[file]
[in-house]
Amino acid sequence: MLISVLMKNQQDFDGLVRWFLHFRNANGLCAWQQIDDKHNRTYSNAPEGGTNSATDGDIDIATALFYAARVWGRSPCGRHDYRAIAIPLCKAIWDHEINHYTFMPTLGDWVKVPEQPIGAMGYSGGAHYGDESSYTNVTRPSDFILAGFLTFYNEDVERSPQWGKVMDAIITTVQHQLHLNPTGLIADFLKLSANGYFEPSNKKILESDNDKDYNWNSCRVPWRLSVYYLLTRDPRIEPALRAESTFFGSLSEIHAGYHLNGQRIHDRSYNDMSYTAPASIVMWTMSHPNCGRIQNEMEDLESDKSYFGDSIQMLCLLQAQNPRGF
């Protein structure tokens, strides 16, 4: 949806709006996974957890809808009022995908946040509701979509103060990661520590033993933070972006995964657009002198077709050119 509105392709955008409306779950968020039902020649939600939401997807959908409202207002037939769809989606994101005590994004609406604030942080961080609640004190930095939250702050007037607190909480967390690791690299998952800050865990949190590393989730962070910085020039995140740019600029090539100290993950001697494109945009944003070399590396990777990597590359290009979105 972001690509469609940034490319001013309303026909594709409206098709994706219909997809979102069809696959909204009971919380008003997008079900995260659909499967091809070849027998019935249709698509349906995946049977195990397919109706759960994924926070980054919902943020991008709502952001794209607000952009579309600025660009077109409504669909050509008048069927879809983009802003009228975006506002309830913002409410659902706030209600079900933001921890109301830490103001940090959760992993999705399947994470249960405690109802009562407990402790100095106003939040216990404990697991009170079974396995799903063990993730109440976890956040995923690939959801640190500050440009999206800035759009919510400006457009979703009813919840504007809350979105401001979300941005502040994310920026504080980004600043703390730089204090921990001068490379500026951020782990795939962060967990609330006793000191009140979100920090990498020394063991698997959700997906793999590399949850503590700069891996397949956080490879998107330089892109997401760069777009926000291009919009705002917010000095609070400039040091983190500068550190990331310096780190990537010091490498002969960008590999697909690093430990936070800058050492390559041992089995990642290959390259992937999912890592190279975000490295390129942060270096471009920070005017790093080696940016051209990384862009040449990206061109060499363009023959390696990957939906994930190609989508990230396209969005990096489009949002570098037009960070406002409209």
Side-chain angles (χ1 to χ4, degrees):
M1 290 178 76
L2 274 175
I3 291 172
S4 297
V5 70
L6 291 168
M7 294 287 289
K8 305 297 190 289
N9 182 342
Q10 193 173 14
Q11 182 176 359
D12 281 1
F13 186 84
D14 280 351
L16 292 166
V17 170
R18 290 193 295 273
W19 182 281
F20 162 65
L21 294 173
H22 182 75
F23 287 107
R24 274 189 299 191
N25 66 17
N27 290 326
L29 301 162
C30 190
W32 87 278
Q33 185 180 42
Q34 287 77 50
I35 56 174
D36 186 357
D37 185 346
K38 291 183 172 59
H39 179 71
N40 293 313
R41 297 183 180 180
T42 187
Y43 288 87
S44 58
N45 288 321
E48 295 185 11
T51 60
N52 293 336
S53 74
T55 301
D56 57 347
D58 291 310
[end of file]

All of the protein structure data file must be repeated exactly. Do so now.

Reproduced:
[in-house]
Amino acid sequence: MLISVLMKNQQDFDGLVRWFLHFRNANGLCAWQQIDDKHNRTYSNAPEGGTNSATDGDIDIATALFYAARVWGRSPCGRHDYRAIAIPLCKAIWDHEINHYTFMPTLGDWVKVPEQPIGAMGYSGGAHYGDESSYTNVTRPSDFILAGFLTFYNEDVERSPQWGKVMDAIITTVQHQLHLNPTGLIADFLKLSANGYFEPSNKKILESDNDKDYNWNSCRVPWRLSVYYLLTRDPRIEPALRAESTFFGSLSEIHAGYHLNGQRIHDRSYNDMSYTAPASIVMWTMSHPNCGRIQNEMEDLESDKSYFGDSIQMLCLLQAQNPRGF
């Protein structure tokens, strides 16, 4: 949806709006996974957890809808009022995908946040509701979509103060990661520590033993933070972006995964657009002198077709050119 509105392709955008409306779950968020039902020649939600939401997807959908409202207002037939769809989606994101005590994004609406604030942080961080609640004190930095939250702050007037607190909480967390690791690299998952800050865990949190590393989730962070910085020039995140740019600029090539100290993950001697494109945009944003070399590396990777990597590359290009979105 972001690509469609940034490319001013309303026909594709409206098709994706219909997809979102069809696959909204009971919380008003997008079900995260659909499967091809070849027998019935249709698509349906995946049977195990397919109706759960994924926070980054919902943020991008709502952001794209607000952009579309600025660009077109409504669909050509008048069927879809983009802003009228975006506002309830913002409410659902706030209600079900933001921890109301830490103001940090959760992993999705399947994470249960405690109802009562407990402790100095106003939040216990404990697991009170079974396995799903063990993730109440976890956040995923690939959801640190500050440009999206800035759009919510400006457009979703009813919840504007809350979105401001979300941005502040994310920026504080980004600043703390730089204090921990001068490379500026951020782990795939962060967990609330006793000191009140979100920090990498020394063991698997959700997906793999590399949850503590700069891996397949956080490879998107330089892109997401760069777009926000291009919009705002917010000095609070400039040091983190500068550190990331310096780190990537010091490498002969960008590999697909690093430990936070800058050492390559041992089995990642290959390259992937999912890592190279975000490295390129942060270096471009920070005017790093080696940016051209990384862009040449990206061109060499363009023959390696990957939906994930190609989508990230396209969005990096489009949002570098037009960070406002409209």
Side-chain angles (χ1 to χ4, degrees):
M1 290 178 76
L2 274 175
I3 291 172
S4 297
V5 70
L6 291 168
M7 294 287 289
K8 305 297 190 289
N9 182 342
Q10 193 173 14
Q11 182 176 359
D12 281 1
F13 186 84
D14 280 351
L16 292 166
V17 170
R18 290 193 295 273
W19 182 281
F20 162 65
L21 294 173
H22 182 75
F23 287 107
R24 274 189 299 191
N25 66 17
N27 290 326
L29 301 162
C30 190
W32 87 278
Q33 185 180 42
Q34 287 77 50
I35 56 174
D36 186 357
D37 185 346
K38 291 183 172 59
H39 179 71
N40 293 313
R41 297 183 180 180
T42 187
Y43 288 87
S44 58
N45 288 321
E48 295 185 11
T51 60
N52 293 336
S53 74
T55 301
D56 57 347
D58 291 310